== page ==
In the final frantic minutes, Hull nearly scored twice.  A swerving shot from Koren from about 20m rattled the bar, and then a deflection was needed (I think from Maclean) to push the ball wide by the width of a bootlace.  My last clip includes the final whistle as Hull were camped in the Brighton box.

As goalless games go, this was pretty entertaining.  As new stadia go, this one is a big success in my opinion.  Well designed and with expandability built in, it must surely be a model for future developments.  Not enough to seduce me away from non-league groundhopping, mind, but a grand day out nevertheless.  Final score 0-0
The sponsors chose Liam Bridcutt from the Brighton midfield, who just happens to be featured in this week’s programme.  I’d have gone for Brighton keeper Casper Ankergren or his opposite number Adriano Basso, or perhaps Hull’s Aaron Maclean just on attitude and workrate.
A snippet from the programme
A very good programme, it has to be said.  I’m going for one of the more obscure excerpts and jumping on a soapbox thereafter:

“Dick Knight and Alan Sanders addressed headteachers from schools and colleges in Brighton and Hove when they met for a recent conference at the Amex.  Around 70 of the city’s education leaders took advantage of the club’s new conference facilities to discuss how to work together to improve standards and achievement for the city’s children and young people… Sanders said, “I was delighted with their enthusiastic response as it was clear that so many of them share our vision.”

To be honest, this caught my eye because of my own professional background.  There was a time around the turn of the century when collaborative arrangements that I was part of had come to national prominence, and I was invited to speak at a number of conferences about school collaboration.  I therefore smiled at the description of “enthusiastic response” because I could name three counties where I would not have been able to say that at the end of my presentation.  One day I might write a piece about the hidden impact of politicians turning schools into competing businesses and therefore subject to market forces, but I guess those who have been the “winners” since the 80s wouldn’t be interested.  It has also been my experience that governing bodies, predominantly made up of parents who have children at the school (which, let’s be clear, has many advantages) are not really that bothered about collaboration and liaison with other schools, and there can be real challenges for the moral framework of individual heads and local groups.  As local authorities' leadership capacity crumbles under budget cuts, who'll be paying attention?  We haven't even yet reached an agreement in this country about how to measure achievement fairly.  *Jumps off soapbox*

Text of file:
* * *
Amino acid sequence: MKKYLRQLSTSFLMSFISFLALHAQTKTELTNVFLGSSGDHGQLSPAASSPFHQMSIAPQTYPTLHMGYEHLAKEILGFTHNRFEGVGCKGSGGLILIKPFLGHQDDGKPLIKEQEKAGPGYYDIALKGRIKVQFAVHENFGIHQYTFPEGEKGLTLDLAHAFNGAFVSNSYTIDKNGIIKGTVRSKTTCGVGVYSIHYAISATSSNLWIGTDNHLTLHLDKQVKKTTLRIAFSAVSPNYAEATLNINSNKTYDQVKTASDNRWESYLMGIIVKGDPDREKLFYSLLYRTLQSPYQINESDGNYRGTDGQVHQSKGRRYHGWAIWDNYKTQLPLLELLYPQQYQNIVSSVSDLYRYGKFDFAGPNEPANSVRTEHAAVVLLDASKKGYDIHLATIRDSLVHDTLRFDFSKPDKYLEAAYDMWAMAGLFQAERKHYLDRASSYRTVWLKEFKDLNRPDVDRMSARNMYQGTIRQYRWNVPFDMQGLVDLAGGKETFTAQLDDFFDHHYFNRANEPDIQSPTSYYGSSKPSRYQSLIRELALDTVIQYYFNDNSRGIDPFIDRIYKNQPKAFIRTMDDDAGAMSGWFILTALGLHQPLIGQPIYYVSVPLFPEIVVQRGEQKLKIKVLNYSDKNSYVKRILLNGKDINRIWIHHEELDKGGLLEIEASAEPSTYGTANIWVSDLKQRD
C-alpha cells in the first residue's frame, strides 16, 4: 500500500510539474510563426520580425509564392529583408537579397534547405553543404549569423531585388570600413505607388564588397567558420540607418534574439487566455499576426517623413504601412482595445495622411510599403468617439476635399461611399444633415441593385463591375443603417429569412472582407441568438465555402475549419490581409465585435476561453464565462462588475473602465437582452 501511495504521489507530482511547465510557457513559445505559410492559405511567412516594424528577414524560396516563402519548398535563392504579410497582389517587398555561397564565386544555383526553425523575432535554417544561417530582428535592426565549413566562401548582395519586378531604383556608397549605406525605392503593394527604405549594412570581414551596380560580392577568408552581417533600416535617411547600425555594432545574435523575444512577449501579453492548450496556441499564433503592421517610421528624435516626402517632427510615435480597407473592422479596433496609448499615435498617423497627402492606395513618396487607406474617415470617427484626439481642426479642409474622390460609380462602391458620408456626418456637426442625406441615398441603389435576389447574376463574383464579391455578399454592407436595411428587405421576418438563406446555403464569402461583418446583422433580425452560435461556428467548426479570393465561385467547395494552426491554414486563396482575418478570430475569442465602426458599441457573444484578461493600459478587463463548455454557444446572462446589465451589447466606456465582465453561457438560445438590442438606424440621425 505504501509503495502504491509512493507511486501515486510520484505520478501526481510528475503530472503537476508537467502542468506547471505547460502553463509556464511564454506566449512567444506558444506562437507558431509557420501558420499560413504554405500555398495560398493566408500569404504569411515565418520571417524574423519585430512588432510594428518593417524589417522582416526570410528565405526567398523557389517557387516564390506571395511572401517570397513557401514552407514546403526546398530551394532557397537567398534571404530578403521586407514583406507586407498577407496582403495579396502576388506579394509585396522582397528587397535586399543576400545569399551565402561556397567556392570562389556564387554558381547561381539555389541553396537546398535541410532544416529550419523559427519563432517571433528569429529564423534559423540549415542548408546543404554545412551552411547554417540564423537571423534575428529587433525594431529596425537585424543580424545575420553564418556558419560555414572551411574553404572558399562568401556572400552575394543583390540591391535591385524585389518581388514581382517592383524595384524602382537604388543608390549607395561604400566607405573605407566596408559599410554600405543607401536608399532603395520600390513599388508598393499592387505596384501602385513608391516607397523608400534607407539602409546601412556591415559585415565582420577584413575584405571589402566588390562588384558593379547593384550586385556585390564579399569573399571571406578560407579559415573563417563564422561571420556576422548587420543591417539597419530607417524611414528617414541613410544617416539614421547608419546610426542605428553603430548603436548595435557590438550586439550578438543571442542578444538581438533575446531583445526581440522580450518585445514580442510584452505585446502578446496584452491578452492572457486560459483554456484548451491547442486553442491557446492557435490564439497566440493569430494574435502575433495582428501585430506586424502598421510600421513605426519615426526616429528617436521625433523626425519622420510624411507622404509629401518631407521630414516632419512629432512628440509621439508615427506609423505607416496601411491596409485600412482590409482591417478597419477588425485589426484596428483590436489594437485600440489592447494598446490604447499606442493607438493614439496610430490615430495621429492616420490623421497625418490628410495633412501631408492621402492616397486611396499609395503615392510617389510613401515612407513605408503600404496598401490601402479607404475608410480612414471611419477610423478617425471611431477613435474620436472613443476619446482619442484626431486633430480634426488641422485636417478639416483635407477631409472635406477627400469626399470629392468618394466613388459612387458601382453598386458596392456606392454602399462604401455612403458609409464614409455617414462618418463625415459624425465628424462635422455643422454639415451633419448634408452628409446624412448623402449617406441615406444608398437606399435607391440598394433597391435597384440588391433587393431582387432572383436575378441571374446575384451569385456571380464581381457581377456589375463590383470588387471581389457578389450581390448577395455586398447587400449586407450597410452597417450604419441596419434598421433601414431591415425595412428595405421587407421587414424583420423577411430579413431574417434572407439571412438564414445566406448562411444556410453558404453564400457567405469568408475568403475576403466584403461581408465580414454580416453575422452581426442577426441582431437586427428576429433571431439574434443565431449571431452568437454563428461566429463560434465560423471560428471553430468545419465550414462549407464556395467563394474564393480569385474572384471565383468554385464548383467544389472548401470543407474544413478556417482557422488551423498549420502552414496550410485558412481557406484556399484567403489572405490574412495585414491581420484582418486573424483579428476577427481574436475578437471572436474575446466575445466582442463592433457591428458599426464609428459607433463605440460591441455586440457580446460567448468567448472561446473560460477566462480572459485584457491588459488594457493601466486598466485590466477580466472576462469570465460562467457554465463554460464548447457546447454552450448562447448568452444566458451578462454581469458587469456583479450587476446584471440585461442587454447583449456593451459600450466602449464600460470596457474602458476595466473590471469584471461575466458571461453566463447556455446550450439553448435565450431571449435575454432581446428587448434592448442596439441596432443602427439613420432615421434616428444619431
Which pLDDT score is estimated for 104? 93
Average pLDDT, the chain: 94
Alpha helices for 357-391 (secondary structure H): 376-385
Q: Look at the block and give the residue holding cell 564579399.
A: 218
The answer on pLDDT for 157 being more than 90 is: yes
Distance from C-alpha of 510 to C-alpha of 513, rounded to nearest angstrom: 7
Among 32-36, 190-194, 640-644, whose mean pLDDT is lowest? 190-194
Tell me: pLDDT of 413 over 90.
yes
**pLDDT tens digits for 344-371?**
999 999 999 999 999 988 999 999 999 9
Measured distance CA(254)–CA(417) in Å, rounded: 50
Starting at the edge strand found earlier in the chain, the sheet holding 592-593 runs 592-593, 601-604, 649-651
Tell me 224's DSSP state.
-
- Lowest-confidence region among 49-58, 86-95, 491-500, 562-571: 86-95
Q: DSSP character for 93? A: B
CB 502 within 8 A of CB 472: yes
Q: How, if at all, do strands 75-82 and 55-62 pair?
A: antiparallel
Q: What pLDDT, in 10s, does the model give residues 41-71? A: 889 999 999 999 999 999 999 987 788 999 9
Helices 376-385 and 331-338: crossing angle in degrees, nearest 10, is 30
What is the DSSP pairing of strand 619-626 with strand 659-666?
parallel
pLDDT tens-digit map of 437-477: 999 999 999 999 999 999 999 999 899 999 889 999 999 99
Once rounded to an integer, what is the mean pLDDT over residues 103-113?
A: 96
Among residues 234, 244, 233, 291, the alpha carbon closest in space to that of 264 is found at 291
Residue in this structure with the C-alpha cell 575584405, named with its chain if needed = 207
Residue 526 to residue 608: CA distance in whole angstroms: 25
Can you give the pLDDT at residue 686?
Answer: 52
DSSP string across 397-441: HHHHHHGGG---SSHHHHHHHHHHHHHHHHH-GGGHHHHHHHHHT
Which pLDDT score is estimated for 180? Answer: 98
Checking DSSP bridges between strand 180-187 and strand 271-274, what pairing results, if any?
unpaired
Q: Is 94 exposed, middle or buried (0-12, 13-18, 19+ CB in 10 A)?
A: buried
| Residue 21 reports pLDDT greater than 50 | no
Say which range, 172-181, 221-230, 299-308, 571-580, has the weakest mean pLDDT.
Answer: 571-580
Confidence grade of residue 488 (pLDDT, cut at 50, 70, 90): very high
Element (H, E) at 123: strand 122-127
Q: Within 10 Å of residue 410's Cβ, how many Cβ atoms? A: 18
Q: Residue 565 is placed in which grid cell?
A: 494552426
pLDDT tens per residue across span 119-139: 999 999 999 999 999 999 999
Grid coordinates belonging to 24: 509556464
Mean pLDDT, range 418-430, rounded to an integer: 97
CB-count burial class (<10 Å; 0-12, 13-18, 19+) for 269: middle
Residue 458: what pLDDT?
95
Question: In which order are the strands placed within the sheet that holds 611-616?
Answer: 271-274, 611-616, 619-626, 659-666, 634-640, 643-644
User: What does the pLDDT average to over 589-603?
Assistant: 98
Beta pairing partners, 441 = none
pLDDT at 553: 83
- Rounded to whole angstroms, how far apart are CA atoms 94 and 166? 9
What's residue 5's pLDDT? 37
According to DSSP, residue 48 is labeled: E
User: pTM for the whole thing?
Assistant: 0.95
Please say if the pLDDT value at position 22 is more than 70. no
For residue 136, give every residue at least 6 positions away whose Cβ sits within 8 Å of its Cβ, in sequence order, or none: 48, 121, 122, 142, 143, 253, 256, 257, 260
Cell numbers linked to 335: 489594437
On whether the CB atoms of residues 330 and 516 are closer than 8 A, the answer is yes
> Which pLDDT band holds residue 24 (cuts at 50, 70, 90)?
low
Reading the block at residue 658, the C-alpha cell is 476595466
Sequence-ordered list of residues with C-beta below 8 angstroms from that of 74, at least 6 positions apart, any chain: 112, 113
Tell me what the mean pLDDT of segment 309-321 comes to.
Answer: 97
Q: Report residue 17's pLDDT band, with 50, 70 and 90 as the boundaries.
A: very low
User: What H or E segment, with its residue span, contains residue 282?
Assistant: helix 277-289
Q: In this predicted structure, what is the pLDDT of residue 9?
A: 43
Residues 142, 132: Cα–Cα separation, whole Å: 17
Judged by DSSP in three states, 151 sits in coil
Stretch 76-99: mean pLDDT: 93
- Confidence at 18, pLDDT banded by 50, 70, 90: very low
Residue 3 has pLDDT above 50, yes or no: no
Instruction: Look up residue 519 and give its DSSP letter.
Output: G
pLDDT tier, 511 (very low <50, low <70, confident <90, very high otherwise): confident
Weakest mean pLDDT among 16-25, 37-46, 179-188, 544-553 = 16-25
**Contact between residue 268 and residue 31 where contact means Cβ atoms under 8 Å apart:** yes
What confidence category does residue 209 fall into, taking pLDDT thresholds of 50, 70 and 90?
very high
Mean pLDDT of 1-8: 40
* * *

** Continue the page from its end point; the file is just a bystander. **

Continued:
What I learned today
Plenty of West Brom connections on the Hull side today.  Former assistant manager Nigel Pearson is in charge of Hull, and Robert Koren flitted in and out of midfield prominence as is his wont.  Paul McShane was an unused Hull sub, and Kevin Kilbane and Jay Simpson are nominally at the club though both are out on loan.  Also, Tony Godden is the goalkeeping coach at Brighton.

In the meantime, fans of contrived stadium-related wordplay will be pleased that Vicente & Calderon lined up next to each other on the Brighton teamsheet.  Not as good as the Costa / Fortune back line that Charlton fielded a few years back, but quite nice nevertheless.
What Next?
Work commitments allowing, Hanworth Villa v Slough Town on Tuesday evening for an FA Cup replay.